Wait a minute, GN--thought you were another poster, jerking me around (though I don't know where the "spineless" comes from if you've read any of my posts)...

Now, you completely mis-read what I said above now that I re-read your flame post: I said EXACTLY that JL & PM WERE great song writers, TOGETHER, until the late 60s...what's not to get? I was only pointing out that when they wrote on their own, they sucked...

In fact, if you asked me, I rank those two vs Hunter and the DEAD, yep, I agree, they exceed them...now, I happen to like the DEAD a lot more, but I'd grant that...

Think you need to start reading a little more clearly...

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Poster: groovernut Date: Mar 31, 2010 1:33pm
Forum: GratefulDead Subject: Re: Beatles

got you confused ehh! Spineless was just because you where waiting for somebody else to say it so you could then agree....
Anyway, I'm not taking things very seriously. I agree with what you say in your last post so whats to argue about?




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Poster: robthewordsmith Date: Mar 31, 2010 2:35pm
Forum: GratefulDead Subject: Re: Beatles

Being the so-called 'somebody else' who you allege Tell spinelessly agreed with, I feel I'm entitled to interject here. You are so far out of line compass and sextant won't get you back on course. Tell doesn't wait for someone to agree with, he agrees because he really does agree, and he is man enough to acknowledge when someone else has made a good point. If he doesn't agree, he has the knowledge and the ability to quote chapter and verse as to exactly why he doesn't agree and he will state his disagreement in a generally polite and respectful manner that is diametrically opposed to your uncouth display. You owe him an apology for not according him the respect he extended to you. You will note also, I trust, that in this instance I am according you more respect than I really think you deserve. Next time I won't.

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Poster: William Tell Date: Mar 31, 2010 1:43pm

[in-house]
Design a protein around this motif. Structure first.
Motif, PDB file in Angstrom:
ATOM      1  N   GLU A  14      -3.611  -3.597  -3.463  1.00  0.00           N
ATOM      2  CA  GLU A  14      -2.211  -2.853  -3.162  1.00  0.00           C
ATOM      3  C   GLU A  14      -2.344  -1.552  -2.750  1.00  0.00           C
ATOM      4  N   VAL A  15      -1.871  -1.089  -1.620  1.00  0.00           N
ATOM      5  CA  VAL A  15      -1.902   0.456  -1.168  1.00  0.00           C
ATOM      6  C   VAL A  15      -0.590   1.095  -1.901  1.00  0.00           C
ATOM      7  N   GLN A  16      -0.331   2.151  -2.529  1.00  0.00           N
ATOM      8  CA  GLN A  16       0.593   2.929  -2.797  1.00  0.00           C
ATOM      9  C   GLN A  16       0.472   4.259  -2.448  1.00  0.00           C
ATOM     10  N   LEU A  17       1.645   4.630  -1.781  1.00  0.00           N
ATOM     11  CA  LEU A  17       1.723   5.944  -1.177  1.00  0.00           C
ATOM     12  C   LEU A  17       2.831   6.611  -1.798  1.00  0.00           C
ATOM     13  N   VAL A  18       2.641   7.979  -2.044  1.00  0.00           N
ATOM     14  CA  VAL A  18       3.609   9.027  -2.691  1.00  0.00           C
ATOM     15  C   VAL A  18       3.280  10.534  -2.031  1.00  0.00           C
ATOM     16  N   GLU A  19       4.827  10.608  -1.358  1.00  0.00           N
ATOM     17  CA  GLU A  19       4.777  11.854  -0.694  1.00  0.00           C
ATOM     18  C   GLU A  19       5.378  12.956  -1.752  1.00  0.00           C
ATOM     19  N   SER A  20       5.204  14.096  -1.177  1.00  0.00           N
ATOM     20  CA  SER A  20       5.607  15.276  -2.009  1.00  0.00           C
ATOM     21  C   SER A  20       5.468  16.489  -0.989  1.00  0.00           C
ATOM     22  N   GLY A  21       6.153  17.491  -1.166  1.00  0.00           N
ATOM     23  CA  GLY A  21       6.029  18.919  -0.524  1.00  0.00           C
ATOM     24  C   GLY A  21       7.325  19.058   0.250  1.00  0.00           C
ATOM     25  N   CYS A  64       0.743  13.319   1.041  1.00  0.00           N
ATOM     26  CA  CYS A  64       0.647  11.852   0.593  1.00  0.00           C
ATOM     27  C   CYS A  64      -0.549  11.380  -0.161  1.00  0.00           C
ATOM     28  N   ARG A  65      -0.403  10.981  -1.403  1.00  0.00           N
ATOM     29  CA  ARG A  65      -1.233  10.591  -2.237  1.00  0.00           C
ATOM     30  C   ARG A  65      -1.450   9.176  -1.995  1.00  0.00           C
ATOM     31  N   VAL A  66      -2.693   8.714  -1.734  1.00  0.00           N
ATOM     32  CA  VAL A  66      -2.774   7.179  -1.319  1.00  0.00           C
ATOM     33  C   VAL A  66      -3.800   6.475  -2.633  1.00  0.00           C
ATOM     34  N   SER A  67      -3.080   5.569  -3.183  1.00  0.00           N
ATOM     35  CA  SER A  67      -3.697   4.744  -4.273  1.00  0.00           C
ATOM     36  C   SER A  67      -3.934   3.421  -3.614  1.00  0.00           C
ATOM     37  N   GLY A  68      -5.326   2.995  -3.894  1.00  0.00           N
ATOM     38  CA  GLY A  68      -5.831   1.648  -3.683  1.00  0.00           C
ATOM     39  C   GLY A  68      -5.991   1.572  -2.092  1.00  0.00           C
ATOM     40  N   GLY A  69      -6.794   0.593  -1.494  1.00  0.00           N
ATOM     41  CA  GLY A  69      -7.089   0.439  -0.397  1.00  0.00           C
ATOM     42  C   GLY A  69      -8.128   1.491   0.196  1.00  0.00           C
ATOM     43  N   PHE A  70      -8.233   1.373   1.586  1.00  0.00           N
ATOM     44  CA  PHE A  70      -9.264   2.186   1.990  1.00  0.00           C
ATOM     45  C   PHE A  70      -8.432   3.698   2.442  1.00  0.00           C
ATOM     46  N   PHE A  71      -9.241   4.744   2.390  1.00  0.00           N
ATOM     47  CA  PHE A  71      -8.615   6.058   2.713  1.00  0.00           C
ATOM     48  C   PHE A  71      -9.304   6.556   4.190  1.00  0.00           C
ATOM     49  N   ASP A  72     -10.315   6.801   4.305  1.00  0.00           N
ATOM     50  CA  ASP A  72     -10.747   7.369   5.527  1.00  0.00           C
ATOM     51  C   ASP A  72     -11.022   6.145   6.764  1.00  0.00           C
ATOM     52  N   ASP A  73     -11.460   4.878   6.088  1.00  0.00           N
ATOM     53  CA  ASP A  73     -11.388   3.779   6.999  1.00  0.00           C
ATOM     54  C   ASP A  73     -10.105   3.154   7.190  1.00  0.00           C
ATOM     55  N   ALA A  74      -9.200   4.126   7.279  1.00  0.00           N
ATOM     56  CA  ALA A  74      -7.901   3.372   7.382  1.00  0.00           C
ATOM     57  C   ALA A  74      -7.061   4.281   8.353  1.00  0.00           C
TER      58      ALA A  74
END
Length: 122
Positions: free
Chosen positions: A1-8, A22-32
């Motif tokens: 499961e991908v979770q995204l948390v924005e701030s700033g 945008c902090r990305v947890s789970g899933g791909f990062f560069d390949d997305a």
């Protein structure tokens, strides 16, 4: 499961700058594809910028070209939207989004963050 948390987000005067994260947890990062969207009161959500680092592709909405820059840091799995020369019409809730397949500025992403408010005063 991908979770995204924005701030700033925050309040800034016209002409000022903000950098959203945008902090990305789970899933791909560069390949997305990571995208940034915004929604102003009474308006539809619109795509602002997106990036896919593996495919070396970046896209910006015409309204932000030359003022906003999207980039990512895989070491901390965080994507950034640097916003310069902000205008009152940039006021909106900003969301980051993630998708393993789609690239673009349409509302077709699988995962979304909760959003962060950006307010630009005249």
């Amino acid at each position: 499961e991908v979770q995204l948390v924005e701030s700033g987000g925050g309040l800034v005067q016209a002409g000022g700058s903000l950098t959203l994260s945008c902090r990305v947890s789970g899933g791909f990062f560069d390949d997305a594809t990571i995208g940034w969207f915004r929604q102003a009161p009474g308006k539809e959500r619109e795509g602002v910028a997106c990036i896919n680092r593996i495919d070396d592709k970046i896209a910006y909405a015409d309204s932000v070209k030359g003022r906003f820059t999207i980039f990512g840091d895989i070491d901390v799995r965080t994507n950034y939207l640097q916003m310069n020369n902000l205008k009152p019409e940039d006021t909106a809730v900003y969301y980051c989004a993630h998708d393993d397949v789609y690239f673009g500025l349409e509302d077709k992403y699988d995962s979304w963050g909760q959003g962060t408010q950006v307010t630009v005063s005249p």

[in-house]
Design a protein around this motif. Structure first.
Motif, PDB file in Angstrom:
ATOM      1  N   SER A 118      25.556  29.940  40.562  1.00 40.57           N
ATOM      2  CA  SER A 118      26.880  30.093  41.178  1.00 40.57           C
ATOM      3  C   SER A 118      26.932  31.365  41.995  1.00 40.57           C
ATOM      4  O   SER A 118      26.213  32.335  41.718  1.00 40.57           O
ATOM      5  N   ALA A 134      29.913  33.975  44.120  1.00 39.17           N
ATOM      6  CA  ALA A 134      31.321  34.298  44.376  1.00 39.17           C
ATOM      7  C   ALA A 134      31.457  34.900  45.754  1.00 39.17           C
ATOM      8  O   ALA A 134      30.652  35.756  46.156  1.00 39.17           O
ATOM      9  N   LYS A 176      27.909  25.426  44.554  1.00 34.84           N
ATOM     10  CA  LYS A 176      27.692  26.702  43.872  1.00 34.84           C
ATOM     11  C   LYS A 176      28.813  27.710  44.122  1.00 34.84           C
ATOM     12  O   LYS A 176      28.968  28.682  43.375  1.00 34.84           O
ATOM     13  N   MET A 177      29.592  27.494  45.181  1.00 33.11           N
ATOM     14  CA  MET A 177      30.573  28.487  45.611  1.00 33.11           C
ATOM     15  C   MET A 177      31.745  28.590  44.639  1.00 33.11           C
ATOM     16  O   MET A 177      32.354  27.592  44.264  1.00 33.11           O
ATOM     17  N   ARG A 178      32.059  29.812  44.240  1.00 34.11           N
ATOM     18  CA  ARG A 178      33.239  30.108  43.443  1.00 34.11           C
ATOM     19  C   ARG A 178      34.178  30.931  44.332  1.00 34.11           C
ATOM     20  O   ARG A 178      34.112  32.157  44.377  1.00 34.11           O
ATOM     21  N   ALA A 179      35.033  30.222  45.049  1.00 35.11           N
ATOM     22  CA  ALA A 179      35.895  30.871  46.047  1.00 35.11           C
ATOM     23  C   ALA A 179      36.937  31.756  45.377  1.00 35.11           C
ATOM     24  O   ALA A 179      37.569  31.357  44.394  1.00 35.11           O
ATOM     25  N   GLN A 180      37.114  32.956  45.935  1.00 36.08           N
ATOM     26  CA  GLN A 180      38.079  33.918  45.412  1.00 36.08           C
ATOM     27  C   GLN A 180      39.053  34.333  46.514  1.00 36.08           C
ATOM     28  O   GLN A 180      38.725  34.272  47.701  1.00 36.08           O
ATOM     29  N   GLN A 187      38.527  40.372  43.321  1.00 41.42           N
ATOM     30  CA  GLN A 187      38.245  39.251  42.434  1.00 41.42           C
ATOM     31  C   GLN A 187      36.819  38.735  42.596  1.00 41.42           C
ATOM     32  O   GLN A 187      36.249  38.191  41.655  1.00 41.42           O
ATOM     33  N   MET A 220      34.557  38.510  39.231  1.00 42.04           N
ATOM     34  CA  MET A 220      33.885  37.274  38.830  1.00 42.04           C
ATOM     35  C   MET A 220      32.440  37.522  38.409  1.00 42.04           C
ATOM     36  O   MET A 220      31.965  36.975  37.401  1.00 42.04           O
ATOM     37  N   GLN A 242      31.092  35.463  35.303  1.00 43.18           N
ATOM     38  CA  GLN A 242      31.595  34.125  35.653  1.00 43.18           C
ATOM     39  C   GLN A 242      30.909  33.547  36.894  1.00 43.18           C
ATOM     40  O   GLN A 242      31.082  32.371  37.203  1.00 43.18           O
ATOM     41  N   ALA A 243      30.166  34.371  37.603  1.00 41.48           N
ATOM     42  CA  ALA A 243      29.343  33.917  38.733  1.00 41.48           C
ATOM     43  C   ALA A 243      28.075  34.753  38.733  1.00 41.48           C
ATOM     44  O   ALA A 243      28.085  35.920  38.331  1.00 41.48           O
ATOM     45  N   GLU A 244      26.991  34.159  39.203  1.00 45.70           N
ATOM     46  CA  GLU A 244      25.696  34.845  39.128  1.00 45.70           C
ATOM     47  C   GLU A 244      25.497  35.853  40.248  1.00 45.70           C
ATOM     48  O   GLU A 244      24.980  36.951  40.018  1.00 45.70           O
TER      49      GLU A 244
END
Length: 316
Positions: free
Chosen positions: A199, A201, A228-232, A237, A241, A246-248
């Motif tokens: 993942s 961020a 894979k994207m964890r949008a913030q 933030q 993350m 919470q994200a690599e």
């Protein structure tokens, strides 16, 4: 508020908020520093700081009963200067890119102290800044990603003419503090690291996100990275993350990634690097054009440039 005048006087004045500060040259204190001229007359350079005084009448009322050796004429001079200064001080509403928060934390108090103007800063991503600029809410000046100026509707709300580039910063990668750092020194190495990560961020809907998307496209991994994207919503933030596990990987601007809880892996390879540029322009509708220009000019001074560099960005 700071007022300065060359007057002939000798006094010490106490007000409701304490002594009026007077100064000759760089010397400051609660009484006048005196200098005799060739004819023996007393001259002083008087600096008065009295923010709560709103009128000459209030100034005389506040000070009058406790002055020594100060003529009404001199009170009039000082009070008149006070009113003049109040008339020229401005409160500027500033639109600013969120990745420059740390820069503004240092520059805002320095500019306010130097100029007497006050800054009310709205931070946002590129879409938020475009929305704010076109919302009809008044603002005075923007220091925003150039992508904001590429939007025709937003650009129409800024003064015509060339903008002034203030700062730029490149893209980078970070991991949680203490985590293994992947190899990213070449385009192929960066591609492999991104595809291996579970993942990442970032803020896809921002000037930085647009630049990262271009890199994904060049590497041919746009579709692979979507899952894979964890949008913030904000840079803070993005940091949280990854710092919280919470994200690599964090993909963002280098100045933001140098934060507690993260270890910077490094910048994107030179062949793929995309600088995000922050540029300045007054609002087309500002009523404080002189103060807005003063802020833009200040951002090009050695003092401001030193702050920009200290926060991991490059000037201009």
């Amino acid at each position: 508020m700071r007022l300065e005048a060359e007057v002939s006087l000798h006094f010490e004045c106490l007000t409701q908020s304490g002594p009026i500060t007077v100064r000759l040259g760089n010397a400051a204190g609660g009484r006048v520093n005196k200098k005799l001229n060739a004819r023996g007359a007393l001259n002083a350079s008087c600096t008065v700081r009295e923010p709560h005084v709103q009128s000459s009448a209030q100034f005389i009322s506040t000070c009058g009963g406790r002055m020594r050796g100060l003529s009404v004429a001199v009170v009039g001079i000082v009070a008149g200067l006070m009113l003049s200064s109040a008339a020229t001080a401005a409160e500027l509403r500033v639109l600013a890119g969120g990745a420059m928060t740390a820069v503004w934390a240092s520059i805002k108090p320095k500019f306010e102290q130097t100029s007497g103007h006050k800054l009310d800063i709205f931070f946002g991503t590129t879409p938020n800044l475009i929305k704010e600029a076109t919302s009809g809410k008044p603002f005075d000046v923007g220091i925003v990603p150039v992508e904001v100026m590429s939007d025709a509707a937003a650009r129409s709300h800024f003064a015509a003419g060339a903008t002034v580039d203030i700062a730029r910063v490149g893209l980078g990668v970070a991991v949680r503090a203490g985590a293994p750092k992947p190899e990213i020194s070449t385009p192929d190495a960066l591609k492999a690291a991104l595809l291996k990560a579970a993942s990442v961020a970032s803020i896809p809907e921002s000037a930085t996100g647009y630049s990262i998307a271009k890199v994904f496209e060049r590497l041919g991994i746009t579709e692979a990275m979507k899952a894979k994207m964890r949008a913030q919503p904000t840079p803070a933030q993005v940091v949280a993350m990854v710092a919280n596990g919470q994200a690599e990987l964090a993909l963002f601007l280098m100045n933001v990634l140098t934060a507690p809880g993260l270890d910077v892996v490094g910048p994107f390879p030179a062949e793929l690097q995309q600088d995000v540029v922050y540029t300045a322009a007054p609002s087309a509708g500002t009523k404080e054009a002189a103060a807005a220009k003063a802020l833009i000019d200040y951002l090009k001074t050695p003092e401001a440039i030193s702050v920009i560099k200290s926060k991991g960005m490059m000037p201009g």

Forum: GratefulDead Subject: Re: Beatles

To say JL ALONE (without PM) sucked was what I agreed with--have you heard of sarcasm?

This post was modified by William Tell on 2010-03-31 20:43:12

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Poster: groovernut Date: Mar 31, 2010 2:00pm
Forum: GratefulDead Subject: Re: Beatles

I was once told that I invented sarcasm.... it's not true..

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Poster: William Tell Date: Mar 31, 2010 2:09pm
Forum: GratefulDead Subject: Re: Beatles

I can believe that...you're just not good enough.

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Poster: fritzie101 Date: Mar 31, 2010 2:11pm
Forum: GratefulDead Subject: Re: Beatles

some audio -
http://www.archive.org/details/JamSession-SelectedSongsFromLetItBeFilmShootMastered-1969
http://www.archive.org/details/TheRealRooftopConcert-LetItBeFilmShoot1969
http://www.archive.org/details/ADayNTheLifeSession
http://www.archive.org/details/LetItBe-RadioProgrammeAndExclusiveRaritiesMix

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Poster: William Tell Date: Mar 31, 2010 12:48pm
Forum: GratefulDead Subject: Re: Beatles

Hey Butt Nutt--read the sequence as to "timing" of posts and you'll see I said it ALL bout Paul...that's what STARTED the whole sequence that was just so much "addition" to my original thought...right?

Sorry, you just got confused by the out of order sequence on the board.

But, yeah, I'll agree with Rob most any day--even before he posts...

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Poster: groovernut Date: Mar 31, 2010 12:52pm
Forum: GratefulDead Subject: Re: Beatles

yes here is more of your style

-insults (fueled by your insane paranoia!)
-back pedal..

All you want is more hot air up your behind. Well from me all you get is an ice cube...

Now go think if something original to say...










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Poster: William Tell Date: Mar 31, 2010 1:01pm
Forum: GratefulDead Subject: Re: Beatles

Yep; you got me pegged--does make it easier here though, eh?

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Poster: light into ashes Date: Mar 30, 2010 8:19pm
Forum: GratefulDead Subject: Re: Beatles

Yes, quite serious. Helter Skelter is lightweight fluff, as are most of the Beatles' songs. It's also one of my favorite songs. You probably define "fluff" differently!

I think you might be misunderstanding me.... One thing I meant was, Paul's White Album songs as a group tend to sound a lot like a Paul solo album, catchy & sweet & sometimes silly. John's songs seem much more varied than he'd usually be on his solo albums; I think there's a lot of strong stuff there (hence the 'masterpiece' claim), but that's just an opinion.